Published on 12/09/18

Welcome to my blog, Green Text Black Screen! With this post I wanted to start off by writing about a few of the things I wanted to be able to do on this blog and how I made those features happen.

One of the first things I knew I wanted to be able to do was write posts in raw HTML, like:

<p>This is a <b>bolded</b> blog post</p>

This was a lot more for my own benefit than for the actual result, I thought this would give writing the blog a very late 90s, hacker-y feel as opposed to something modern like Markdown.

From there I wanted to go to something super new-age: embedding Latex in the blog posts, so I could write:

... blog post stuff ...
$a^2 + b^2 = c^2$
... more blog post stuff ...

I also knew code was definitely going to be part of a lot of posts, so I needed some way to create those neato dark boxes with neon monospace text you just saw.

To do this, I'm using a short, somewhat hacky Python script. The first part of the script takes each file in a posts folder and formats it into a plain old HTML file:

from os import listdir
from os.path import isfile, join

# constants
POST_DIR = '../posts/'
PUBLIC_DIR = '../public/'
TEMPLATE_DIR = '../templates/'

class Post:
    def __init__(self, title, web_title, create_date, url):
        self.title = title
        self.web_title = web_title
        self.create_date = create_date
        self.url = url

# find all of the post files
post_files = [f for f in listdir(POST_DIR) if isfile(join(POST_DIR, f))] 
posts = []

for post_file in post_files:
    with open((POST_DIR + post_file), 'r') as f:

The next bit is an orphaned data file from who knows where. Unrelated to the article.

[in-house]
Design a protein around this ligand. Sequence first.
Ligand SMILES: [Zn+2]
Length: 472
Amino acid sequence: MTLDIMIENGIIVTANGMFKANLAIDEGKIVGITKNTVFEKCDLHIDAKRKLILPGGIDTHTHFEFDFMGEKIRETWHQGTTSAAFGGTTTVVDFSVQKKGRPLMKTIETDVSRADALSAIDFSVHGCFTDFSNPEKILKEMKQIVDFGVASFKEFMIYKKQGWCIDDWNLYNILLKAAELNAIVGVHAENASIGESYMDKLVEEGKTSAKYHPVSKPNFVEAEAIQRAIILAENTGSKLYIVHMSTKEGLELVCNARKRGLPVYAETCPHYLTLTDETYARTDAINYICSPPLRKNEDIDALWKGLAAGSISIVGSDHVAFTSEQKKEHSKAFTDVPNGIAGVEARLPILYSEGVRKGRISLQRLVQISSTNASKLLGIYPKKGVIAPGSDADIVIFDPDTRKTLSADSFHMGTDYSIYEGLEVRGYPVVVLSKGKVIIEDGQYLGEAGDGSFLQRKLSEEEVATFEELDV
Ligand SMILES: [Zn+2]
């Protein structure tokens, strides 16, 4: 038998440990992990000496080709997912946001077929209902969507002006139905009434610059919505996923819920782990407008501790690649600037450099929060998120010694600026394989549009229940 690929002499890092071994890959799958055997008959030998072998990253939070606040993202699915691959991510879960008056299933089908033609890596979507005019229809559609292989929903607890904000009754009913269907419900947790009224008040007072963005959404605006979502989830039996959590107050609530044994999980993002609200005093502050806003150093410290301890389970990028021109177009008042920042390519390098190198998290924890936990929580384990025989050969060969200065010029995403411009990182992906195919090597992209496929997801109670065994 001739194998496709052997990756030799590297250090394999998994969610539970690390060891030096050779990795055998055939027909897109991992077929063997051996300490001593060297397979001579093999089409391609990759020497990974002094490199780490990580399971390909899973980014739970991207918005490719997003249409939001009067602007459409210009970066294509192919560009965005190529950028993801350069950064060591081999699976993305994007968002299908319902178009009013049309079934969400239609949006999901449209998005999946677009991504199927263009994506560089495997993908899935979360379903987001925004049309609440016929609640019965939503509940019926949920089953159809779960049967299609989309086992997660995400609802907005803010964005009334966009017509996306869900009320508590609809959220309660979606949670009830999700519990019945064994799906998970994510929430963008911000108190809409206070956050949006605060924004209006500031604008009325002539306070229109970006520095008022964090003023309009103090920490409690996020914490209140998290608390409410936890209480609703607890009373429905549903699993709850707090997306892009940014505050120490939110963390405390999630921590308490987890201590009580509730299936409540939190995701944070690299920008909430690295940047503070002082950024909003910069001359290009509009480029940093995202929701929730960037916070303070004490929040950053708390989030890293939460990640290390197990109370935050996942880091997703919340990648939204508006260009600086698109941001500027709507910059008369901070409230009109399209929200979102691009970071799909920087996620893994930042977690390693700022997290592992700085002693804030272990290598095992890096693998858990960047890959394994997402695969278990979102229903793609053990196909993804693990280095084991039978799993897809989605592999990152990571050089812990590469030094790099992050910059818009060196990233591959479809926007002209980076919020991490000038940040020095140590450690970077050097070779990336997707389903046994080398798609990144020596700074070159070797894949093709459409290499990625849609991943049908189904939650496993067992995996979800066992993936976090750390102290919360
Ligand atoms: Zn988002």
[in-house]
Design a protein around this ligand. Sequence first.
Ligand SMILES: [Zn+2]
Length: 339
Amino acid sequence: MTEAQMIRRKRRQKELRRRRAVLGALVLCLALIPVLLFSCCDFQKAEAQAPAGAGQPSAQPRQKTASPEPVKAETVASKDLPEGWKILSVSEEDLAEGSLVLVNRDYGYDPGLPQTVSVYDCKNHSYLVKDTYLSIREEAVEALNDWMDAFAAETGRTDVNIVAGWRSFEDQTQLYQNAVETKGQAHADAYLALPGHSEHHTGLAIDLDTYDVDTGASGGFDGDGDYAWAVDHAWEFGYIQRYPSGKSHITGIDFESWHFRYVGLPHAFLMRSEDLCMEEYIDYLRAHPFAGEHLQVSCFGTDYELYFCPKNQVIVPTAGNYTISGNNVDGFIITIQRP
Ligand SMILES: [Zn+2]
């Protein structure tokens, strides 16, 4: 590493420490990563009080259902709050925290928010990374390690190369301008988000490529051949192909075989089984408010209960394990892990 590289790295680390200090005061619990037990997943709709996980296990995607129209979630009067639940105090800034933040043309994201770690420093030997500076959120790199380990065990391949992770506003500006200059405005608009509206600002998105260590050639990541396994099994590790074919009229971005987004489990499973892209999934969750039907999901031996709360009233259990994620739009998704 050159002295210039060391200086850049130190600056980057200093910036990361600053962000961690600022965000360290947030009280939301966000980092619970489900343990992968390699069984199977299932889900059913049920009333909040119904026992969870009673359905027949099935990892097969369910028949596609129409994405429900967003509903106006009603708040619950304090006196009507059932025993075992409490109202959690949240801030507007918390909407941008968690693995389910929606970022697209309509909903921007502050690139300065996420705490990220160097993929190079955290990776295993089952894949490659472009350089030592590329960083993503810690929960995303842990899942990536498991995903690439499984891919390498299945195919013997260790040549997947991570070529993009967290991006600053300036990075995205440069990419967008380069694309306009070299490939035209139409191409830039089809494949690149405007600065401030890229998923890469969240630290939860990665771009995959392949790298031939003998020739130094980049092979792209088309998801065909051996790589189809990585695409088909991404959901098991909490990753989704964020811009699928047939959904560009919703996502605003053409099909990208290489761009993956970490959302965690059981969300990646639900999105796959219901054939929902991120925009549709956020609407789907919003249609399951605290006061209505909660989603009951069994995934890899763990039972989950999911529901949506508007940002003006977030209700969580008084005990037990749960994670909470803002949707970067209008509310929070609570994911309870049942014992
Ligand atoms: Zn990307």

post_file_data = f.read()
    # do something with the post data
At this point I realized I could probably use some form of HTML/XML tags to tell the script which bits were Latex and which bits weren't, so I decided that, when writing blog posts, I would just wrap everything in <latex> tags:
... blog post stuff ...
$a^2 + b^2 = c^2$
... more blog post stuff ...

So I went searching around and stumbled upon Beautiful Soup . Beautiful Soup is normally designed for web scraping and isn't really meant to build up full HTML documents like I abused it here for, but aside from a few small blips, it did really well.

I also had to find a way to automatically format and publish Latex to the web. I knew this was possible from StackOverflow, and after a little struggling, found Pandoc , the Python wrapper for Pandoc Pypandoc , and MathJax , which Pandoc can export to. After starting to use Beautiful Soup, it was pretty easy to find everything in a latex tag and transform it into something MathJax would recognize:

def delatex(latex):
    return pypandoc.convert_text(latex, 'html', format='latex', extra_args=['--mathjax'])

# find all the latex tags
latexes = post_soup.find_all('latex')
for latex in latexes:
    # convert the latex to html
    latex_html = delatex(latex.string)
    latex.replace_with(Soup(latex_html, features="html.parser"))

This allows us to use Latex automatically in any post:

\[\sum_{n=1}^\infty \frac{1}{n^2} = \frac{\pi^2}{6}\]

Making the code segments turned out to be a little bit easier than I expected. I wanted to have syntax highlighting on automatically, regardless of which language I was writing in. At first it seemed like my options weren't the best: either doing my own code styling, GitHub Gists (no dark theme), or CodePen Pens (only front-end languages). Then I ran across Google's code prettifier which suited all my needs. Plugging this in was pretty simple and consisted of wrapping all of my code blocks in <pre class="prettyprint"> tags and including the prettyprint script in the header of each page (I did have to hack around with the CSS styles to get the inlining to work the way I wanted it to).

Finally, I needed to serve up my files. Luckily GitHub does free static web hosting with GitHub Pages , which I've used for a lot of small projects. Because of the way my script was set up, I needed to serve everything using public/index.html as the root. A quick search gave me this StackOverflow post and the necessary git magic,
git subtree push --prefix dist origin gh-pages .

All that was left was to bundle everything in a simple deployment script:

# build the pages
cd src
python3 template.py
cd ..
# add all of the public folder
git add public && git commit -m "Automatic deployment commit"
git subtree push --prefix public origin gh-pages

You can view the source for this post on GitHub .